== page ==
How well do you sleep at night? If you have difficulty sleeping, you are not alone. In 2014, the Centers for Disease Control (CDC) named insufficient sleep as a public health epidemic, with an estimated 50-70 million US adults having a sleep or wakefulness disorder.
If you have sleep insufficiency, you are more likely to suffer from chronic diseases such as hypertension, diabetes, depression and obesity, as well as cancer, increased mortality, and reduced quality of life and productivity.
Medicine’s answer to the sleep epidemic is to prescribe sleeping pills which are, at times, necessary to help you get much needed rest. However, sleeping pills are full of risks. Side effects like dizziness, headache, diarrhea, nausea, prolonged drowsiness, severe allergic reactions, sleep-driving, sleep-eating and daytime memory and performance problems make sleeping pills a gamble with your health.
There is an alternative to pills: behavioral sleep therapy. According to the Mayo Clinic, behavior changes learned through cognitive behavioral therapy are generally the best treatment for sleeplessness, insufficient sleep and insomnia.
To get a better night’s sleep naturally, you need to retrain your body to fall asleep faster and sleep longer. Below are two therapies you can apply to your life today to get more rest.
The Best Modern Sleep Therapy
Stimulus Control Therapy (SCT) is one of the most successful modern sleep interventions (<a href=”http://www.ncbi.nlm sites achat viagra.nih.gov/pubmed/17162986″ target=”_blank”>Morin et al., 2006). Stimulus Control Therapy works by strengthening the association between bed and sleep. It is based on the same concept used in the famous Pavlov’s drooling dog experiment, where the dogs were trained to drool when they heard a bell.
Stimulus Control Therapy is based on the concept that if we have trained ourselves to do things other than sleep in our beds, then we have created associations with the bed that keep us from falling asleep. SCT is a way to establish a consistent sleep-way rhythm by reforming the correct association that a bed is made for sleeping and retrain your body to fall asleep more quickly when you lie down on your bed.
There are six steps which are very straightforward and easy to implement:
- Lie down to sleep only when you are feeling sleepy.
- Do not use your bed for anything except sleep and sexual activity. Stay away from reading, eating, worrying, using a computer or watching television in bed. (If you do engage in sexual activity, follow these six steps afterward.)
- If you are unable to fall asleep (within 10 minutes), leave the bed and go into another room. You can stay up as long as you desire and then return to the bed only to sleep. Remember, the goal is to associate your bed with falling asleep quickly.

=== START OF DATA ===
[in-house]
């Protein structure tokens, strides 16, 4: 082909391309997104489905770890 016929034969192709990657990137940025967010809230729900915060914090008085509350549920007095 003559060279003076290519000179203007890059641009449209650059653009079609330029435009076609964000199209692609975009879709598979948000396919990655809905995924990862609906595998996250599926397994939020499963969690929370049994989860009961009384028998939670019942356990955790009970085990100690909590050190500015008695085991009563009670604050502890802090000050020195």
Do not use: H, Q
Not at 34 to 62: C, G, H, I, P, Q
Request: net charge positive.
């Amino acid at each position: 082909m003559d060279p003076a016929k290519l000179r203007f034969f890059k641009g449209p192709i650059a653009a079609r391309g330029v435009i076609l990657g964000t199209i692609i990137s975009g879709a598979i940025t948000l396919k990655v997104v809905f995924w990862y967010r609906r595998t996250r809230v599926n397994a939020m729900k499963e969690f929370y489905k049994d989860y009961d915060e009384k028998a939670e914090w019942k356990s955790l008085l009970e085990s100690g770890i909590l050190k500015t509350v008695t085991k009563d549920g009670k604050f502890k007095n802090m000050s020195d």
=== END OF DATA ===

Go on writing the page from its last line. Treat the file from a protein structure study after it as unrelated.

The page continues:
- If you are still unable to fall asleep, repeat the previous step. Do this as often as necessary throughout the night.
- Set your alarm and arise at the same time every morning – no exceptions. Do this regardless of the amount of sleep you had during the night. Rising at the same time will help your body develop a consistent sleep cycle.
- Do not nap during the day.
Of all the modern day behavioral treatments for treating sleep disorders, stimulus control therapy participants reported the highest quality of sleep and showed the most improvement in length of time needed to fall asleep.
The Best Ancient Sleep Therapy
The ancient technique of mindfulness training might be more effective than modern behavioral therapies for helping individuals learn how to sleep better according to a new study published in the JAMA Internal Medicine by Dr. David S. Black.
Mindfulness, according to expert Dr. Jon Kabat-Zinn, means paying attention in a particular way; on purpose, in the present moment, and non-judgmentally. It works by triggering the body’s relaxation response, the opposite of the stress response. Mindfulness helps you break the train of everyday thoughts by bringing your mind’s attention to the present moment while focusing on your breathing.
To trigger the relaxation response, try taking taking these steps:
- Choose a calming focus. Good examples are your breath, a sound (”Om”), a short prayer, a positive word (such as “relax” or “peace”), or a phrase (”breathing in calm, breathing out tension”). If you choose a sound, repeat it aloud or silently as your inhale or exhale.
- Let go and relax. Do not worry about how you are doing. If you notice that your mind has wandered, simply take a deep breath and gently return your attention to your chosen calming focus.
- Follow the breath moving into and out of your body, allowing yourself to sink into the bed with each breath.
Dr. Herbert Benson, director of the Harvard-affiliated Benson-Henry Institute for Mind Body Medicine, recommends practicing mindfulness for 20 minutes during the day, the same amount suggested in the study published Dr. Black in JAMA Internal Medicine.
This new research (Black et al., 2015) shows that participants in a group which practiced mindfulness-based stress reduction showed greater improvements in their quality of sleep in comparison to those using a more modern behavioral sleep therapy.
Regardless of which technique you use, stimulus control therapy or mindfulness training, start today by changing your bedtime behavior so that you can get the rest you need naturally.